How to Be Productive at Work If You’re a Lark or a Night Owl

How to Be Productive at Work If You’re a Night Owl

The early bird may get the worm, but what if you're a night owl? Not everyone works best during the typical 9-to-5 workday. Some are most productive in the early morning, while others hit their peak creative time at night.

Here’s how to be your most productive during the traditional workday shift and how to negotiate work hours with your boss if you need to.

Understand your peak time

If you don’t know when your peak time is, consider when you feel the most energized, creative and enthusiastic. Also determine when you have the fewest interruptions. Part of being productive involves limiting distractions.

Maximize your peak time

Follow these tips to get the most out of your peak productivity time:

  • Get enough sleep. Sleep deprivation can impair cognitive processes and, therefore, productivity. Get your rest.
  • Plan ahead. If you’re an early bird, don’t wait to do challenging projects at the end of the day, when your energy is spent. If you’re a night owl, you may not want to tackle them first thing in the morning. Use your less-energetic periods to catch up on routine tasks, such as responding to email.
  • Work in 90-minute increments. Studies show that your brain can focus for up to an hour and a half or two before it needs to rest. Try to work in 90-minute increments with short breaks in between.
  • Eat well. Make time for lunch and nutritious snacks throughout your workday.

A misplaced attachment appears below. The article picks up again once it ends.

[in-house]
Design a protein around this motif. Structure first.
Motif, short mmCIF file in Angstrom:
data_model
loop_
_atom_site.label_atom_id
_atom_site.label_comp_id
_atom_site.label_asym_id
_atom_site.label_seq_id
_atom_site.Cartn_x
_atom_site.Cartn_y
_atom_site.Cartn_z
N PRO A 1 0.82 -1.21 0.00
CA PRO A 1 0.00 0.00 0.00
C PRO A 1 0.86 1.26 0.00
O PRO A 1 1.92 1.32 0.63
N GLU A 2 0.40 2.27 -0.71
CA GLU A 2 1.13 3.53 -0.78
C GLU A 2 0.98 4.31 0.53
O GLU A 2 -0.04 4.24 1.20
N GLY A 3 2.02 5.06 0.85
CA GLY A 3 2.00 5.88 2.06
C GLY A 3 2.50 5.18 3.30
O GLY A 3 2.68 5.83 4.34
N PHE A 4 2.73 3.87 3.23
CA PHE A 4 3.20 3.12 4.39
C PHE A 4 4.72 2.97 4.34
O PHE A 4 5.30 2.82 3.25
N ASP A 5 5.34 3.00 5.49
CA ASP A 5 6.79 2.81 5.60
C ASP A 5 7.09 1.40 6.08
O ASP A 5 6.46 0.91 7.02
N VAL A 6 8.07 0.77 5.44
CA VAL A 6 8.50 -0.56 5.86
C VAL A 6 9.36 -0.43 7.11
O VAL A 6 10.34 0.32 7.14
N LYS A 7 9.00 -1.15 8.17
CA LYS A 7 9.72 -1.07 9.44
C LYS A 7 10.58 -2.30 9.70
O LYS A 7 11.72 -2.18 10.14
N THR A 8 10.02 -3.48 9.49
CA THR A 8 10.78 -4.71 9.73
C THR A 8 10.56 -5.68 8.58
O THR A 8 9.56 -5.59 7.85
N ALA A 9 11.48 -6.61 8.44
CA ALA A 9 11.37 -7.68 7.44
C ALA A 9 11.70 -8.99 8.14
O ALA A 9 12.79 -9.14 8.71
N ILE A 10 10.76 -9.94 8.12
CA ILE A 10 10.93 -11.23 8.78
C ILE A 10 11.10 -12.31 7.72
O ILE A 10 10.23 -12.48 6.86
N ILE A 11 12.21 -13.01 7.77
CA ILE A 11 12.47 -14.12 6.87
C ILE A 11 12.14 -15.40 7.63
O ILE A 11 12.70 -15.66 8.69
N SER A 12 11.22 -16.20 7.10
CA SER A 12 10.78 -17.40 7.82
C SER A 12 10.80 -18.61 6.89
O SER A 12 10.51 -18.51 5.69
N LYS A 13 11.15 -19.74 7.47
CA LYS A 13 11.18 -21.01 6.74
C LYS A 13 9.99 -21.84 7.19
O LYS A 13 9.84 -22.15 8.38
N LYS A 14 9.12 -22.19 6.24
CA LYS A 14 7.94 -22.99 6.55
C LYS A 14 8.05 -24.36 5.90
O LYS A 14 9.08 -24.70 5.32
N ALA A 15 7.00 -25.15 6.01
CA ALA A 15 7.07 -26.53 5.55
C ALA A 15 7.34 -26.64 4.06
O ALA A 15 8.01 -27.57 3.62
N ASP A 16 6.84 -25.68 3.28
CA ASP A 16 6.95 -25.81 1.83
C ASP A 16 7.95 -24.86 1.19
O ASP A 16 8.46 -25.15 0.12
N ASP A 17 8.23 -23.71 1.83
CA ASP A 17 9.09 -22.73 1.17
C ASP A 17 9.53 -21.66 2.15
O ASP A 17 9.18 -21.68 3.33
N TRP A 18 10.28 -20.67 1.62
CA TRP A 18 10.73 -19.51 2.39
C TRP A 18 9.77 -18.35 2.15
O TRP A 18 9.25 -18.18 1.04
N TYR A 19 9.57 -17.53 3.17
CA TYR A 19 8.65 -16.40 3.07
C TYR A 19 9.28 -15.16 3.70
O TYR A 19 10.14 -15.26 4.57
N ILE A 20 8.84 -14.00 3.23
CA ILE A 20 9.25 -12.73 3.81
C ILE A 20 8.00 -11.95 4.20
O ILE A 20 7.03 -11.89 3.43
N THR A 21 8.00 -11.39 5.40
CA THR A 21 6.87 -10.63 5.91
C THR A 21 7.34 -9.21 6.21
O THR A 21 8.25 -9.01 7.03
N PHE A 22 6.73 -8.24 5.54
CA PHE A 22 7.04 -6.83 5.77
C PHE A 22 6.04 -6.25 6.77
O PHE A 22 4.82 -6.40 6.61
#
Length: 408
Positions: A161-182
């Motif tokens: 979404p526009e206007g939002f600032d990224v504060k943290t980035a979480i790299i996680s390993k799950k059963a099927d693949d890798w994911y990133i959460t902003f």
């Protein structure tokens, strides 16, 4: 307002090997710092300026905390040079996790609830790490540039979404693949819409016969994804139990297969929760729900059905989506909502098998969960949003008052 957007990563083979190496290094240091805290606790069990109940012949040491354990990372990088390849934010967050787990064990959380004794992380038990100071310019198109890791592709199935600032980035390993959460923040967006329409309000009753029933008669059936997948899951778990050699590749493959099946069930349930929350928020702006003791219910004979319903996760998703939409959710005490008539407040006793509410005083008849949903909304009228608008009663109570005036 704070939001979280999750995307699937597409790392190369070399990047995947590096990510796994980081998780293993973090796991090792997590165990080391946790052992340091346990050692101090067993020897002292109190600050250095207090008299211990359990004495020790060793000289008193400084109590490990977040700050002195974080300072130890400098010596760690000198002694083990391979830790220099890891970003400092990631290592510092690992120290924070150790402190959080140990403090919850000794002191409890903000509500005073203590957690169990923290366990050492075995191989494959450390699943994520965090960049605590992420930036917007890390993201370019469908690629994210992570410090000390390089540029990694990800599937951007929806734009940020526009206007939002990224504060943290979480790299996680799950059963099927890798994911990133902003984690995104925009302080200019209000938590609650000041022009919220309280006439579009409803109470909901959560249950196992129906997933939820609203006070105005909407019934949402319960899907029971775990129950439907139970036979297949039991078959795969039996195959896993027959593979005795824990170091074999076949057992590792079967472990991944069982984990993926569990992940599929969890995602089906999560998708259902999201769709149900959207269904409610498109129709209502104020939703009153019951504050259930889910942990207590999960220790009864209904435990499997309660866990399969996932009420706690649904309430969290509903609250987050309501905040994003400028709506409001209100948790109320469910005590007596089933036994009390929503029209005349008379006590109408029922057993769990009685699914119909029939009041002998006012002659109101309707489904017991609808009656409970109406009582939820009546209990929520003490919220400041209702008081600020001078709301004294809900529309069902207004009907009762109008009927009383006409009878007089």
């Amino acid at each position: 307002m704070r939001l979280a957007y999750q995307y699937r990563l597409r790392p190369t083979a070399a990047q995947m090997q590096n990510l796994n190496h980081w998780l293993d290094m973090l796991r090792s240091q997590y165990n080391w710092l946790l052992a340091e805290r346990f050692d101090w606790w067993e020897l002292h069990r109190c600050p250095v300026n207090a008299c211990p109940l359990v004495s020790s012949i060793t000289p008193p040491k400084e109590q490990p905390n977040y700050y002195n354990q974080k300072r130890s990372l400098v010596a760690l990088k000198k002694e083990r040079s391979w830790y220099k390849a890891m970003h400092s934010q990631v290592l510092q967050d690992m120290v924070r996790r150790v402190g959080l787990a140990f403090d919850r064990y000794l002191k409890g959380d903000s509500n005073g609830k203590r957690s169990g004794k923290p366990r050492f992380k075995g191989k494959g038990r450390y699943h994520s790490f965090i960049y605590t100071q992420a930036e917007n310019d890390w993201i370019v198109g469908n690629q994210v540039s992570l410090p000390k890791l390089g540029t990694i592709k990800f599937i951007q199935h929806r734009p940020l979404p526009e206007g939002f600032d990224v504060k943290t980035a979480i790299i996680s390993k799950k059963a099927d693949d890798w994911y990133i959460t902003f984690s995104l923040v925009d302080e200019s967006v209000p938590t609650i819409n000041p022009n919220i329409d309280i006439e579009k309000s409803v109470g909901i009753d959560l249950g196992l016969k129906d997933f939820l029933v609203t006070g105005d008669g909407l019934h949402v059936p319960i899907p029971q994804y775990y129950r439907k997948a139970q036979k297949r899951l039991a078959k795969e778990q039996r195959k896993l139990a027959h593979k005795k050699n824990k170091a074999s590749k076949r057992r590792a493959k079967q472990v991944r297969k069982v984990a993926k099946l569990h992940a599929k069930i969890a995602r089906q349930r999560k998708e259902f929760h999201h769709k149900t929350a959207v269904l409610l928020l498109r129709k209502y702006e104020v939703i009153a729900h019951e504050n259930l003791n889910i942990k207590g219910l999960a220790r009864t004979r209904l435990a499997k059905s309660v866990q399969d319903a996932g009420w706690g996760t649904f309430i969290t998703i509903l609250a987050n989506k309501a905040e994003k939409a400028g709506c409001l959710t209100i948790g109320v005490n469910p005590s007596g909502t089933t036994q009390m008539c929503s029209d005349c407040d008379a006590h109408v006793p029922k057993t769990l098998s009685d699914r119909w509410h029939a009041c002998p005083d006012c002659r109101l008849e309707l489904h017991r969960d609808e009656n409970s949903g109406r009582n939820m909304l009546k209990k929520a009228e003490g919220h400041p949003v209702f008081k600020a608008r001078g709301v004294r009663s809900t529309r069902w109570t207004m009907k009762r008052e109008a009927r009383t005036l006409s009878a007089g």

• Track your progress. Keep a to-do list to stay focused, checking off items as you go. Nothing is more motivating than making progress on your projects.
  • Switch gears. If you're struggling to focus, work on something new. Changing tasks can help increase your productivity.
  • Exercise. Studies have shown that you focus better after 30 minutes of vigorous exercise. Schedule a workout to increase your productivity.

Adjust the 9-to-5

Discuss with your boss how your productivity would improve if you worked a flexible schedule or telecommuted. As you negotiate, remember that the change should benefit your employer, so be sure you emphasize how you would fulfill or even surpass your current responsibilities. If your boss isn’t sold on the idea, suggest trying a modified schedule for a month or two to see how it works.

Are you an early bird or a night owl? When is your peak productivity time? Let us know in the comments section.

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